2. Congratulations and thank you, Dan, on ten years of inviting us to think together with you about lots of interesting topics and encouraging us to look at the world of mathematics education through some new lenses.

  3. Good on you for keeping it up for so long, and for keeping the quality through that whole time. I always learn something from your posts, so I hope there’s another ten years at least!

  4. Thanks Dan for all the topics you do post! You have inspired many people to become better math educators, questioners, learners and have made us all more curiouser in our endeavors. You are doing a great thing in this math world. Keep up the good work!

  5. I think it’s awesome that you went out of your way to personally thank these individuals. I feel like sometimes when we get caught up in the hustle of teaching we forget the simple acts that make us human. Kudos to the past ten, and cheers to ten more great ones.

  6. Congratulations! I’ve been teaching for over 20 years, discovered your blog in the last 2, and consider it to be one of the best resources I’ve ever used. Thanks for sharing and promoting highly intentional insight and discussion.

  7. Dan, many thanks for hosting the world’s *premier* math ed blog. You are truly a game-changer, inventing and re-inventing the profession through your ambitious work. I am sure I speak for many in thanking you for bringing together the math ed community for the most vibrant conversation on the internet around our great discipline. Here’s to ten more great years!

  8. I think of where I was 10 years ago as a teacher, where I have been since then, and where I am now. This work, this group of educators sharing/talking/engaging in cognitive conflict/building understanding together… all of it – has been a huge part of my own teaching & learning journey!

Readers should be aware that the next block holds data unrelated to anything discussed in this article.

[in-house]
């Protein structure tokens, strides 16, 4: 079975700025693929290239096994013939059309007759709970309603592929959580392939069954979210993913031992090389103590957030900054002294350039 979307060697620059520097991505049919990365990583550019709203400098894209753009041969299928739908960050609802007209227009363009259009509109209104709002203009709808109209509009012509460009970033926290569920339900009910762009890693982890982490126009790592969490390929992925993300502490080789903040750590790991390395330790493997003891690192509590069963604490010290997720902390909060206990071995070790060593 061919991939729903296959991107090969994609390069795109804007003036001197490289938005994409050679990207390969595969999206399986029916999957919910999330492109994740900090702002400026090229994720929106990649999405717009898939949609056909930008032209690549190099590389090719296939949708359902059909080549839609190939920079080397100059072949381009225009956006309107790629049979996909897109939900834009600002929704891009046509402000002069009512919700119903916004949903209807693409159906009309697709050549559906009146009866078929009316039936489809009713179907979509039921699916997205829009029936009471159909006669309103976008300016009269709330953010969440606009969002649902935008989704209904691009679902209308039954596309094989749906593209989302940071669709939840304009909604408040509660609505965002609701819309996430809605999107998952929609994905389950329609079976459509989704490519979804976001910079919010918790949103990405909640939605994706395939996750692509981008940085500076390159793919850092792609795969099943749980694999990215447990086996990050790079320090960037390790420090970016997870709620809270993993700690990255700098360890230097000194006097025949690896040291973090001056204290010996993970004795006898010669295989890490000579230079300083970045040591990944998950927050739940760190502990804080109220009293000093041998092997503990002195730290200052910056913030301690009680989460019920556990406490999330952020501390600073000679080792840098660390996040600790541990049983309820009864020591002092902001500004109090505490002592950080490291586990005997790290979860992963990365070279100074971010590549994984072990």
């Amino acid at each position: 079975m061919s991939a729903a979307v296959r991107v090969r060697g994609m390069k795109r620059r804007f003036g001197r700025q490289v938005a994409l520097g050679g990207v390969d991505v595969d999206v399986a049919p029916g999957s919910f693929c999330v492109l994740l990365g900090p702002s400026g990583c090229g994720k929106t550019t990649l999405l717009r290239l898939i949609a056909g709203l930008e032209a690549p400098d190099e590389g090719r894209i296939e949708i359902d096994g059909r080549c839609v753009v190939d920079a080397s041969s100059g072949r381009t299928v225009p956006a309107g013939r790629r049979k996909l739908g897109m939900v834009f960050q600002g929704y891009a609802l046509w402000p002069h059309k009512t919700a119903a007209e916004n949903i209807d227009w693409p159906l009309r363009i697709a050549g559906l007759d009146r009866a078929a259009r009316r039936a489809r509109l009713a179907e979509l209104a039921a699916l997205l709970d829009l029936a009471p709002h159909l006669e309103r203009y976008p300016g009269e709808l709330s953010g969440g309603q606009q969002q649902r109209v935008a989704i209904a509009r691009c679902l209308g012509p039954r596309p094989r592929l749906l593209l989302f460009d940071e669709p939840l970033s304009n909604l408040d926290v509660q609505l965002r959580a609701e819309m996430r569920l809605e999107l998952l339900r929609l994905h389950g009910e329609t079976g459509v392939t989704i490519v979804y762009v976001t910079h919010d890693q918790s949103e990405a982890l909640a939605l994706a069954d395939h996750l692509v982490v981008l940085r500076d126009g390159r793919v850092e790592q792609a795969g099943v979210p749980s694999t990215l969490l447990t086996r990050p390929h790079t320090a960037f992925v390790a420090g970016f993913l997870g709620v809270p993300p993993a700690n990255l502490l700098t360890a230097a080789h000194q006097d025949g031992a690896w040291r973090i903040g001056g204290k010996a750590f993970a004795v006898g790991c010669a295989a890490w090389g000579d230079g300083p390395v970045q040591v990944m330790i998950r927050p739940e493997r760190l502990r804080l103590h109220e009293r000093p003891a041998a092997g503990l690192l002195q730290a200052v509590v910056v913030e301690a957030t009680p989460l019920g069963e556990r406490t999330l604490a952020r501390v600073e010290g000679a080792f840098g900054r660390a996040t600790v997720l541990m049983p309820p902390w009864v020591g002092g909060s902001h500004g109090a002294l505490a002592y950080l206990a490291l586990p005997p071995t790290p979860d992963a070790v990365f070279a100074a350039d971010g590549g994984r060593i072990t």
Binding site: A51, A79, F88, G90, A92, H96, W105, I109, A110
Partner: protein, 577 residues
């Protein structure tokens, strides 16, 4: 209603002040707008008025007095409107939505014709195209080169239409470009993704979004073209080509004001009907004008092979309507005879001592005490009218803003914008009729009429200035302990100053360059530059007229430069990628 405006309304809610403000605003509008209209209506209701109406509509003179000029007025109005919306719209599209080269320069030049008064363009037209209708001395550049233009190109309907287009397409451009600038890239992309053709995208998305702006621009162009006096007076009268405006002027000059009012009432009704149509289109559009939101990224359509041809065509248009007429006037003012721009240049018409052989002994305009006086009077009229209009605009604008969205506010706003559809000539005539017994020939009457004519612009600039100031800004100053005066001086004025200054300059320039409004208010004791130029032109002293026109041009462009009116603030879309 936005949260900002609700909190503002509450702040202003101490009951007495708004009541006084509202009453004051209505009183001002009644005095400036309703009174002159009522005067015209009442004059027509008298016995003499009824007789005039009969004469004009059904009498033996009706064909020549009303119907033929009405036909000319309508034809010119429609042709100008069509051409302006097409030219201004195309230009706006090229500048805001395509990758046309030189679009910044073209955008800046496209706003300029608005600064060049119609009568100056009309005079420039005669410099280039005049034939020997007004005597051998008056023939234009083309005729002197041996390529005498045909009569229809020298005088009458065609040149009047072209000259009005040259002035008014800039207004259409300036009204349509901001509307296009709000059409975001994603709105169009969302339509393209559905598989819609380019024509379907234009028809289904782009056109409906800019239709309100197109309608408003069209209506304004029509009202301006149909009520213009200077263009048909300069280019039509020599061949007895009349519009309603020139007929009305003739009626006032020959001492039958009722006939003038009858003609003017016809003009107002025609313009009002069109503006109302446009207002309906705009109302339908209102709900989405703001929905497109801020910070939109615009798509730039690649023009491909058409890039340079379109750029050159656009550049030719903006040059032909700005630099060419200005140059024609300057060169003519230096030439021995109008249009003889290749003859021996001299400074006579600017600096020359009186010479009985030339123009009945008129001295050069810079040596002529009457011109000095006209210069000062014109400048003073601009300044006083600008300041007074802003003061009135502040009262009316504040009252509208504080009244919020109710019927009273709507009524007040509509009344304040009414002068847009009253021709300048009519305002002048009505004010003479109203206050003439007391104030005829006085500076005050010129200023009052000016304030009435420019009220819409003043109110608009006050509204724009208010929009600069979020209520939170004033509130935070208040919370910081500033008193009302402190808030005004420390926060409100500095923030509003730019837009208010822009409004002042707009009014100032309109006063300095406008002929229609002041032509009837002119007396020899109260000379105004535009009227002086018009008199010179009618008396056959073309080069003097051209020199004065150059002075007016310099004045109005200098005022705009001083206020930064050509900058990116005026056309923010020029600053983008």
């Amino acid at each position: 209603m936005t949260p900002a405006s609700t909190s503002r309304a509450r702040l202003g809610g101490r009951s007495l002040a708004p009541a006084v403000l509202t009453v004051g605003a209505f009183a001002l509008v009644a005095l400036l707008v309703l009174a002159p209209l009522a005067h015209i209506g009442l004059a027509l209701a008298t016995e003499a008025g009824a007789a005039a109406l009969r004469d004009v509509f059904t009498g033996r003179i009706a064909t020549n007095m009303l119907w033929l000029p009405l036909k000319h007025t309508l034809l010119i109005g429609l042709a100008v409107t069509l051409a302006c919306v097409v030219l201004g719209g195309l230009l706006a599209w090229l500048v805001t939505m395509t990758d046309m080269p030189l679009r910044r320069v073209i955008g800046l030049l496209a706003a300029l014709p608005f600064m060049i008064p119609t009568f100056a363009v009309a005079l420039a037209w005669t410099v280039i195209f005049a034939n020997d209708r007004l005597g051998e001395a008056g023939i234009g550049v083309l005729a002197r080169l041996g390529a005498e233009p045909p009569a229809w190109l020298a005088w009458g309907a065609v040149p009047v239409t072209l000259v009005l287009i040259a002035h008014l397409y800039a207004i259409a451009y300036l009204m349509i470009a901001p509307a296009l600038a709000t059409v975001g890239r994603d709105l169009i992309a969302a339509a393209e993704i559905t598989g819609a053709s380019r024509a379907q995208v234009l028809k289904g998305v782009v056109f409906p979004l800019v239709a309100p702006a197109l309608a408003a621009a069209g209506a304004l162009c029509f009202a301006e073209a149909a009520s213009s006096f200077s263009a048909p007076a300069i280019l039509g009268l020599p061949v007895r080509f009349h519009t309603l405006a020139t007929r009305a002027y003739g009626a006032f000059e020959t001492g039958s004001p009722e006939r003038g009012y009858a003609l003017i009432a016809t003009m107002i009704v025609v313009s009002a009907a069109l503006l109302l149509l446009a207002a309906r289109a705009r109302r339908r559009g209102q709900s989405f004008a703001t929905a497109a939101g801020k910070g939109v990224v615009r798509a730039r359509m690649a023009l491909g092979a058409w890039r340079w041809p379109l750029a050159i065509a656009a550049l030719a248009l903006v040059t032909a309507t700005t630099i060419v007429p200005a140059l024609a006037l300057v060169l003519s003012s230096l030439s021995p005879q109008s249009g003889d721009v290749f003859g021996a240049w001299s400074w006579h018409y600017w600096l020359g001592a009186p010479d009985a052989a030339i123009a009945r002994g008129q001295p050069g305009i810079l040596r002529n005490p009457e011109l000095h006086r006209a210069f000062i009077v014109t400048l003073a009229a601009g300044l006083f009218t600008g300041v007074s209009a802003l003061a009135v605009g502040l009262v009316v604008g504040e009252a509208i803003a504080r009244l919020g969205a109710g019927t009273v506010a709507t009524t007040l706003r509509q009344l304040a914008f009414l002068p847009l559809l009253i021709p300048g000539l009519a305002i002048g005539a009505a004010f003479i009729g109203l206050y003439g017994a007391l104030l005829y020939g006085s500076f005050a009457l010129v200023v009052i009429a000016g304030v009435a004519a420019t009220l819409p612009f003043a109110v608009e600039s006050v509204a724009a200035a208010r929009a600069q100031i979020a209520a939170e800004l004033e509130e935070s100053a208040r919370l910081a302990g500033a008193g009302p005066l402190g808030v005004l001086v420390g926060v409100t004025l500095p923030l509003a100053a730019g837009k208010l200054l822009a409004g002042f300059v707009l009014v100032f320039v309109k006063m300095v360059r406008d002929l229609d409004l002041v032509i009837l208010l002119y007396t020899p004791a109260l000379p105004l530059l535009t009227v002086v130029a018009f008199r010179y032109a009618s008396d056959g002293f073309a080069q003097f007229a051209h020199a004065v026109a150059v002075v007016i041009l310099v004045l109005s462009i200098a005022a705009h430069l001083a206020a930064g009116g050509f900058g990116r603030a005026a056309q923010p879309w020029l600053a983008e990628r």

9. Congratulations on ten years of blogging. What an awesome way of honoring your readers and commenters. Are lives and minds are definitely enriched by those with whom we converse.

  10. Roberto Catanuto

    September 29, 2016 - 2:31 am -

    Congratulations to you and your awesome work. And also that of your wise commenters!
    You help shape the work of so many readers and teachers.
    Thank you.

  11. Interesting gender breakdown. There are certainly plenty of women math educators so do they tend not to read the blog, not to comment on the blog/not comment as frequently, or not to get featured as frequently?

  12. Thanks for the kind words, everybody.

    K:

    Interesting gender breakdown. There are certainly plenty of women math educators so do they tend not to read the blog, not to comment on the blog/not comment as frequently, or not to get featured as frequently?

    Yeah, great questions. The gender imbalance is in this post is pretty hard to miss. Here are my best guesses to your questions.

    Three quarters of US public school teachers are female. That drops to about half when you look at secondary math and science. (Source: Hechinger.)

    Math education bloggers are balanced pretty evenly between male and female teachers. (Source: my gut.) Looking back over my last few posts, my own blog is pulling in about 10% female comments. I have featured about 163 comments since 2011, of which 20% were female.

    I’d like to figure out how to boost that 10% figure. For reasons I wish were more apparent, a bunch of women don’t feel like they can / should comment here. Those of us who do comment are missing out.